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  13. Luck and Oppression.Mark Navin - 2011 - Ethical Theory and Moral Practice 14 (5):533-547.
    Oppression can be unjust from a luck egalitarian point of view even when it is the consequence of choices for which it is reasonable to hold persons responsible. This is for two reasons. First, people who have not been oppressed are unlikely to anticipate the ways in which their choices may lead them into oppressive conditions. Facts about systematic phenomena (like oppression) are often beyond the epistemic reach of persons who are not currently subject to such conditions, even (...)
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  14. The Unlevel Knowing Field: An Engagement with Kristie Dotson's Third-Order Epistemic Oppression.Alison Bailey - 2014 - Social Epistemology Review and Reply Collective 3, No. 10.
    My engagement with Dotson’s essay begins with an overview of first- and second-order epistemic exclusions. I develop the concept of an "unlevel knowing field." I use examples from the epistemic injustice literature, and some of my own, to highlight the important distinction she makes between reducible and irreducible forms of epistemic oppression. Next, I turn my attention to her account of third-order epistemic exclusions. I offer a brief explanation of why her sketch of at this level makes an important (...)
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  15. On Fat Oppression.G. M. Eller - 2014 - Kennedy Institute of Ethics Journal 24 (3):219-245.
    Contemporary Western societies are obsessed with the “obesity epidemic,” dieting, and fitness. Fat people violate the Western conscience by violating a thinness norm. In virtue of violating the thinness norm, fat people suffer many varied consequences. Is their suffering morally permissible, or even obligatory? In this paper, I argue that the answer is no. I examine contemporary philosophical accounts of oppression and draw largely on the work of Sally Haslanger to generate a set of conditions sufficient for some phenomena (...)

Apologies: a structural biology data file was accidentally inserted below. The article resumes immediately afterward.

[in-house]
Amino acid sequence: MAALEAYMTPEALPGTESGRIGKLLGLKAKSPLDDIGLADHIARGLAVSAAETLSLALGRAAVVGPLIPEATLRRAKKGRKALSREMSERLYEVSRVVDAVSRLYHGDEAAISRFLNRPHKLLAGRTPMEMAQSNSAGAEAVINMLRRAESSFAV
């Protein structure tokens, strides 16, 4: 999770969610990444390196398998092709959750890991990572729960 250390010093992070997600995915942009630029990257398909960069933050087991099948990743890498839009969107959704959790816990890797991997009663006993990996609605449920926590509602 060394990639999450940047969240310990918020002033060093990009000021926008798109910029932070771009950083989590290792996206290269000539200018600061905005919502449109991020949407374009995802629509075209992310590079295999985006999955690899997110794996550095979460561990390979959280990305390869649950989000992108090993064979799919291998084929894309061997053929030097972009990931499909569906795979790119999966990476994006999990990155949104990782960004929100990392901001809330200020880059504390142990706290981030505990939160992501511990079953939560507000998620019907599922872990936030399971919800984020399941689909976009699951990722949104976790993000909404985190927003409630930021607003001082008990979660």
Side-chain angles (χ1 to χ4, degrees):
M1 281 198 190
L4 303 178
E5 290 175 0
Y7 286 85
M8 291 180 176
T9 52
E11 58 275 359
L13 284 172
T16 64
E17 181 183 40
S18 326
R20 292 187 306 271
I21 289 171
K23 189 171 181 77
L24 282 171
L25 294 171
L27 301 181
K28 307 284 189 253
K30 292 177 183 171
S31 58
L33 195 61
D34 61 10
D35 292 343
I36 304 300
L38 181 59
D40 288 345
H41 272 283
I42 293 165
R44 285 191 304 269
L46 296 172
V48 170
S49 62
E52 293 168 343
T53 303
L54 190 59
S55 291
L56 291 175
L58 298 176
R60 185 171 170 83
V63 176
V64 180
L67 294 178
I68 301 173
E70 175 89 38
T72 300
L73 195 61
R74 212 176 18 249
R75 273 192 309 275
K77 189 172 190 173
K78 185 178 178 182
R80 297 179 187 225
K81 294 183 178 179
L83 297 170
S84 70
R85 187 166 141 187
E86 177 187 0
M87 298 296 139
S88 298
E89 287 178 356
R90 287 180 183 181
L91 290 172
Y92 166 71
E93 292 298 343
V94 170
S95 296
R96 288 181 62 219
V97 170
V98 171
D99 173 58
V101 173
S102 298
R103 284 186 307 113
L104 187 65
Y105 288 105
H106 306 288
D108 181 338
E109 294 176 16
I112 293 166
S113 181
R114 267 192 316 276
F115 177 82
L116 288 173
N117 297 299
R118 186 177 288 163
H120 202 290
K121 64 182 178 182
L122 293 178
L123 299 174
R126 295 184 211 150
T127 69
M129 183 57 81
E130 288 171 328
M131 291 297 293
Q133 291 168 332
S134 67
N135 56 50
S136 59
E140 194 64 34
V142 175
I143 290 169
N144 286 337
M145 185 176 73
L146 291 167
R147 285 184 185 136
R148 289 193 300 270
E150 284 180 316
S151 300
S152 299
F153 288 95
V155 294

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  16. Oppression, Privilege, & Aesthetics: The Use of the Aesthetic in Theories of Race, Gender, and Sexuality, and the Role of Race, Gender, and Sexuality in Philosophical Aesthetics.Robin James - 2013 - Philosophy Compass 8 (2):101-116.
    Gender, race, and sexuality are not just identities; they are also systems of social organization – i.e., systems of privilege and oppression. This article addresses two main ways privilege and oppression are relevant topics in and for philosophical aesthetics: the role of the aesthetic in privilege and oppression, and the role of philosophical aesthetics, as a discipline and a body of texts, in constructing and naturalizing relations of privilege and oppression . The first part addresses how (...)
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  17. Ladelle McWhorter, Racism and Sexual Oppression in Anglo-America. [REVIEW]Anna Carastathis - 2012 - Symposium: Canadian Journal of Continental Philosophy/Revue canadienne de philosophie continentale 16 (1):250-256.
    In lieu of an abstract, the first paragraph of the review: "For those familiar with McWhorter’s work, the publication of "Racism and Sexual Oppression in Anglo-America" was long awaited. I had en-countered an early form of the argument McWhorter rehearses in thisbook in an article she published in 2004 in "Hypatia." At that time, it was one of very few published critical engagements with the intersectional model of oppression. It had come to seem to me that, as the (...)
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  18.  53